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Cross Country Skiing


Cross-country skiing is not only one of the toughest endurance sports, it’s also a sport that places great demands on your clothes if your goal is to perform optimally. While the garments should protect against low temperatures and cold wind, they should also ensure that the body's excess heat is efficiently ventilated. Based on our longstanding collaboration with the Swedish national XC team, this guide is designed to help you dress for success in the tracks.



Start by putting on a pair of boxerbriefs/briefs or panties and a sports bra – all made of 100% polyester. Polyester does not bind moisture but transports it from the skin and out through the garment, allowing you to stay dry and warm.

Unfortunately, many skiers make the mistake of using ordinary cotton underwear. Then it doesn’t matter if you wear a polyester baselayer outside the underwear – the cotton will absorb the sweat and quickly cool you down. It would then be better to skip the underwear and just wear a functional baselayer closest to the skin.

Outside of underwear, wear a baselayer made of polyester. For optimal function the baselayer should fit tightly, even in the armpits. Otherwise the moisture may not be transported out of the garment but instead remain on the skin where it creates a chilly “lid”. For cold and windy conditions you can choose a baselayer with wind-protective fabric at the front. However, it’s often enough with a normal baselayer combined with a pair of underwear with wind protection across the genital area.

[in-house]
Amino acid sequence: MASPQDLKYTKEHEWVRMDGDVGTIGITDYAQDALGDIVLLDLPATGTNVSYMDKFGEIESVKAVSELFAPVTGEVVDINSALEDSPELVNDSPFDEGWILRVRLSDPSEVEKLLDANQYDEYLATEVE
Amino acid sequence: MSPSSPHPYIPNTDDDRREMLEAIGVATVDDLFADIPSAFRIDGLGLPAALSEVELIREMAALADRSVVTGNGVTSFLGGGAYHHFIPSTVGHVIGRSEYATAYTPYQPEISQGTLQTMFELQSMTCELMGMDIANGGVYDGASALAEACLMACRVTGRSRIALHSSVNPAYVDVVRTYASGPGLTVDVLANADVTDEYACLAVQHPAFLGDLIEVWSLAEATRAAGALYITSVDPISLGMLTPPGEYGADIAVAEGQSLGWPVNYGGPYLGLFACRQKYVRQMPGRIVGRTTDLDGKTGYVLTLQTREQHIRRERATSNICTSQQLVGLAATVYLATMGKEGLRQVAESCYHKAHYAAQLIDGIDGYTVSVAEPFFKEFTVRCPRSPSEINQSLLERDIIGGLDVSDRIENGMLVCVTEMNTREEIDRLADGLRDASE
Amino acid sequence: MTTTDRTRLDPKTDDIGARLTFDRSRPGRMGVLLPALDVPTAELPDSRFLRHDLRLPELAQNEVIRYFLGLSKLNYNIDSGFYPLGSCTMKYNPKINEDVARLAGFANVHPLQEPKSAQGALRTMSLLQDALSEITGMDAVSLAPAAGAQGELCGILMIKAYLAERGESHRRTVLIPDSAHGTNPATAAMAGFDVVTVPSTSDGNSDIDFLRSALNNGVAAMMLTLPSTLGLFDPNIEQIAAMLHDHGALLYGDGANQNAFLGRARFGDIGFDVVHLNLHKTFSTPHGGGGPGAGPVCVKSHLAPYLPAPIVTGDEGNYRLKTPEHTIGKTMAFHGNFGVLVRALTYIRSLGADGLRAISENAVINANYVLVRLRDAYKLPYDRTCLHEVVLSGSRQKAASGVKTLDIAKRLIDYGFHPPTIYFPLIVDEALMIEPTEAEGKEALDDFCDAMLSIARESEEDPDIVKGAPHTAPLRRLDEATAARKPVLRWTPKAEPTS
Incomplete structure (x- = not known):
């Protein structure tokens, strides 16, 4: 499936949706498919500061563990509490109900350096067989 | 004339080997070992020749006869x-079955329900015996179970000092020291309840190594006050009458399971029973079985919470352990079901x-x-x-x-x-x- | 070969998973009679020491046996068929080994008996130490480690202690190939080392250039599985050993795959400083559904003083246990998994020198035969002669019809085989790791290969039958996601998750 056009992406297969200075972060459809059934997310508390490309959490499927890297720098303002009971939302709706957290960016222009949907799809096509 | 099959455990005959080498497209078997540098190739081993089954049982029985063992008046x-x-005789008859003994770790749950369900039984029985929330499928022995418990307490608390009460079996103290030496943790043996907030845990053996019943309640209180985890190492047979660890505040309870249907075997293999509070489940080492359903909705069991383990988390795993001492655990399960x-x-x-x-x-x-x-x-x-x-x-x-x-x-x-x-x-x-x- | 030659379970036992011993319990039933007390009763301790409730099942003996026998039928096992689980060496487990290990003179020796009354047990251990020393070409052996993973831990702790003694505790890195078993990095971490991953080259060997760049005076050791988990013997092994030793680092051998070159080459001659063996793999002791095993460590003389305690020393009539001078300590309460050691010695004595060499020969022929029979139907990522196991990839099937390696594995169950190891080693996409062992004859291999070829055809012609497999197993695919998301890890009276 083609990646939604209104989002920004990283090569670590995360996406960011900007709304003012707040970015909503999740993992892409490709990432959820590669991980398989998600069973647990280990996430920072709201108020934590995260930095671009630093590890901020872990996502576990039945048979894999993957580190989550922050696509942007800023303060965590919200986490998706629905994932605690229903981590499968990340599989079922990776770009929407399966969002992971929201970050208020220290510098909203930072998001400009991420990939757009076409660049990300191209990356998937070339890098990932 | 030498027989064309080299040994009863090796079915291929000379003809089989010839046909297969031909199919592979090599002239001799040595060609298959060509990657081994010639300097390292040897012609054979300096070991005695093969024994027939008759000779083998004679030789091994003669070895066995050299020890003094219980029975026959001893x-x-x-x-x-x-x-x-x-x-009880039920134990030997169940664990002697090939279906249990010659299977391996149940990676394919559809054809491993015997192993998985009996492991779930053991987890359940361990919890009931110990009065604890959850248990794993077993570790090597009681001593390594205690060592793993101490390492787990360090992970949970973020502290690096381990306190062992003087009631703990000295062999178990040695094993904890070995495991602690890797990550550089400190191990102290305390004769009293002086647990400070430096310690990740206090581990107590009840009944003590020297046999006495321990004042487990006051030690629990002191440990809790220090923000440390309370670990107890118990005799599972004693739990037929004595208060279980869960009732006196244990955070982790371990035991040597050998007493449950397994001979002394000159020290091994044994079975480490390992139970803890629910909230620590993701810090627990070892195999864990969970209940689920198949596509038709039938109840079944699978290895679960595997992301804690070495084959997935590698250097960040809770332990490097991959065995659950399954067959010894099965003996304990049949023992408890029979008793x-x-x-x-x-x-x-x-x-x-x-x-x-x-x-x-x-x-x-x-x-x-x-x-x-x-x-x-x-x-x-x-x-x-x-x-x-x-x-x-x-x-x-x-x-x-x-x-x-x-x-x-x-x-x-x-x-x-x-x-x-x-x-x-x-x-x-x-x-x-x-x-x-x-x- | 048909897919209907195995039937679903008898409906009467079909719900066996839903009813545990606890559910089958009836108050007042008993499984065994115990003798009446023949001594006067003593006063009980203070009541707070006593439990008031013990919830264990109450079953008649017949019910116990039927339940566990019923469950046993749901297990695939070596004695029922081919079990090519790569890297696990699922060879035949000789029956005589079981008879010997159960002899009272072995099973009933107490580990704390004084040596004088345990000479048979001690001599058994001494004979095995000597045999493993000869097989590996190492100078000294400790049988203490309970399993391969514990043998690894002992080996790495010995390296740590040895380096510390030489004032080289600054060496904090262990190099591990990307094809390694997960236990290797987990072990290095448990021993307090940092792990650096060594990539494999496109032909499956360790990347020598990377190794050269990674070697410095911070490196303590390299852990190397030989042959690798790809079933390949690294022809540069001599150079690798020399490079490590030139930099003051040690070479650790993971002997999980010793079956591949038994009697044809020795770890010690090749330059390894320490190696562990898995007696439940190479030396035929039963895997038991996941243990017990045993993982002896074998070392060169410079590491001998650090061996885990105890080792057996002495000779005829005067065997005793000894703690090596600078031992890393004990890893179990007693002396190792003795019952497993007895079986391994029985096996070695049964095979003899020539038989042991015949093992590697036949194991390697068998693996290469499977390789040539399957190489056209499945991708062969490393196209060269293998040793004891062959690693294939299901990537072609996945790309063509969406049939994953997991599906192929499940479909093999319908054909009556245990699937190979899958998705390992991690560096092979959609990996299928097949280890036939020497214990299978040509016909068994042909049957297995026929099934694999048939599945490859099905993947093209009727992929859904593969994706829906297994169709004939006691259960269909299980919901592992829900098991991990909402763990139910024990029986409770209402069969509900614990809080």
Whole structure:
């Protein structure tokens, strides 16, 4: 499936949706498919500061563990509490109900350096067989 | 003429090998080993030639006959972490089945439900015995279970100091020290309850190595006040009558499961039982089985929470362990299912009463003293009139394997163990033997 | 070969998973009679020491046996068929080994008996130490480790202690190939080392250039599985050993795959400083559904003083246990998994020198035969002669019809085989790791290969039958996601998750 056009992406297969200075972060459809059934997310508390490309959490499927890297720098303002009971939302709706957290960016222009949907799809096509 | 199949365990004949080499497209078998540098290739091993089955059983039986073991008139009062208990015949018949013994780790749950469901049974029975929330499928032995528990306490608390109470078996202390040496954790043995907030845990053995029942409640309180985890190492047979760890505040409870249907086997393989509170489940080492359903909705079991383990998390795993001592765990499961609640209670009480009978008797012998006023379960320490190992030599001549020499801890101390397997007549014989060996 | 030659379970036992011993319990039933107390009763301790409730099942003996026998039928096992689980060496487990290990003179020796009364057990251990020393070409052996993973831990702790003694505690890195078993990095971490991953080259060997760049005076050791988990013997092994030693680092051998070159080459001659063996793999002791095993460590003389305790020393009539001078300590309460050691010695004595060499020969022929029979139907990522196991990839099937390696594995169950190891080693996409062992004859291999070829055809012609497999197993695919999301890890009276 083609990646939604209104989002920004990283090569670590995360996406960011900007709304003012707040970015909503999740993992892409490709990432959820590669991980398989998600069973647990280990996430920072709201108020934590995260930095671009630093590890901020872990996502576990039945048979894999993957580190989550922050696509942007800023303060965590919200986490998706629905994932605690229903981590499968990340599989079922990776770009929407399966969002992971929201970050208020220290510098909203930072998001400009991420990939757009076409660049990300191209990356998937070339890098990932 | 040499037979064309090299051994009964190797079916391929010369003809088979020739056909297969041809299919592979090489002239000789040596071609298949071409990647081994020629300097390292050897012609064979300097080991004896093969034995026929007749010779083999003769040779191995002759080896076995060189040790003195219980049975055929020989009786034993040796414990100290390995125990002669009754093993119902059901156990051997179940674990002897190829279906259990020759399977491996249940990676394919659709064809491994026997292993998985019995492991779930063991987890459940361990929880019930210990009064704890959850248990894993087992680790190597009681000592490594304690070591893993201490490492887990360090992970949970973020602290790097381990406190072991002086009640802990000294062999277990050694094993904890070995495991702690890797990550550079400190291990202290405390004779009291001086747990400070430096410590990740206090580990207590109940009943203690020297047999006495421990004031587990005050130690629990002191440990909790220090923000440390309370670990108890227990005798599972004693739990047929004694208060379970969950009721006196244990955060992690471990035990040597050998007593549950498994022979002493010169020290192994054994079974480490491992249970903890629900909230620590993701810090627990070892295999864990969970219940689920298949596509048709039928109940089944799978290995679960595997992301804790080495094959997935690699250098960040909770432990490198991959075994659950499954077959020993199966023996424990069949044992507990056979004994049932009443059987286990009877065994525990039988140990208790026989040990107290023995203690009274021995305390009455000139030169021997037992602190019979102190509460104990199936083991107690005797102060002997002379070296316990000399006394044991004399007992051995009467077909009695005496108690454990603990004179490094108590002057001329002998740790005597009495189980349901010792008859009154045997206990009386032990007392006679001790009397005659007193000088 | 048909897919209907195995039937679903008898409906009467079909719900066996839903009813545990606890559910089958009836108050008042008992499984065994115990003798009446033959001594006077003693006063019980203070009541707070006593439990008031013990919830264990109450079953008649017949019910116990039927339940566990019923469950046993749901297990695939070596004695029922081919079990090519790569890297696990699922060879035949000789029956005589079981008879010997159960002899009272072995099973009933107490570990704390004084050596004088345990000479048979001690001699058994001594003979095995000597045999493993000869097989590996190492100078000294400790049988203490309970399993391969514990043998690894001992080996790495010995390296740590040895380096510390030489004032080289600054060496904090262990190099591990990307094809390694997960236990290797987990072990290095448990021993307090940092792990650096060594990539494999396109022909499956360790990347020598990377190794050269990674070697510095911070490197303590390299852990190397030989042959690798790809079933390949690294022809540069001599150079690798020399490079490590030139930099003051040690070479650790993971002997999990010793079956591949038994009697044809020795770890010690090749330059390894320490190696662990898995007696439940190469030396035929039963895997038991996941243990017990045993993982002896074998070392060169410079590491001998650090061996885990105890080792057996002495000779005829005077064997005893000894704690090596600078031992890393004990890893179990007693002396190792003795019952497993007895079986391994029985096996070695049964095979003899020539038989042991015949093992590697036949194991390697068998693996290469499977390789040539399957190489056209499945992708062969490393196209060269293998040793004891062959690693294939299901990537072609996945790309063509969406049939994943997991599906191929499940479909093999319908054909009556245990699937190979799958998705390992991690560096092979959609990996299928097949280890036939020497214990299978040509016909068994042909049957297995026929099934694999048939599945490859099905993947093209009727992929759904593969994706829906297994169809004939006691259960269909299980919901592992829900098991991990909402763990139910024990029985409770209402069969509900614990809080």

For those of you who prefer to take it a little bit slower in the tracks, underwear with a mix of polyester and wool is a great option. Wool doesn’t provide as efficient moisture transport as polyester but has very good thermal properties, making the combination of polyester and wool the perfect choice for low-intensity workouts in low temperatures.

Socks should also be made of polyester, or polyester and wool if you are prone to cold feet. In cooler conditions, some skiers prefer to wear two thin socks, which provides a warming layer-on-layer effect, while others choose to have a thicker wool/polyester sock. Be sure that it doesn’t get too tight in the boot, which would eliminate the insulating layers of warm air between the boot, sock and foot. Another tip is to ensure that your feet are dry when putting on the socks. Then you reduce the risk of freezing, since moisture transfers cold rapidly.



Outside of the baselayer add a middle layer on the upper body to keep you warm in cold conditions.

A midlayer should be made of 100% polyester to ensure the moisture transport continues through the garment. However, for elite athletes about to compete or do tough interval training it’s usually sufficient with only a thin suit (or light jacket and tights) outside the baselayer.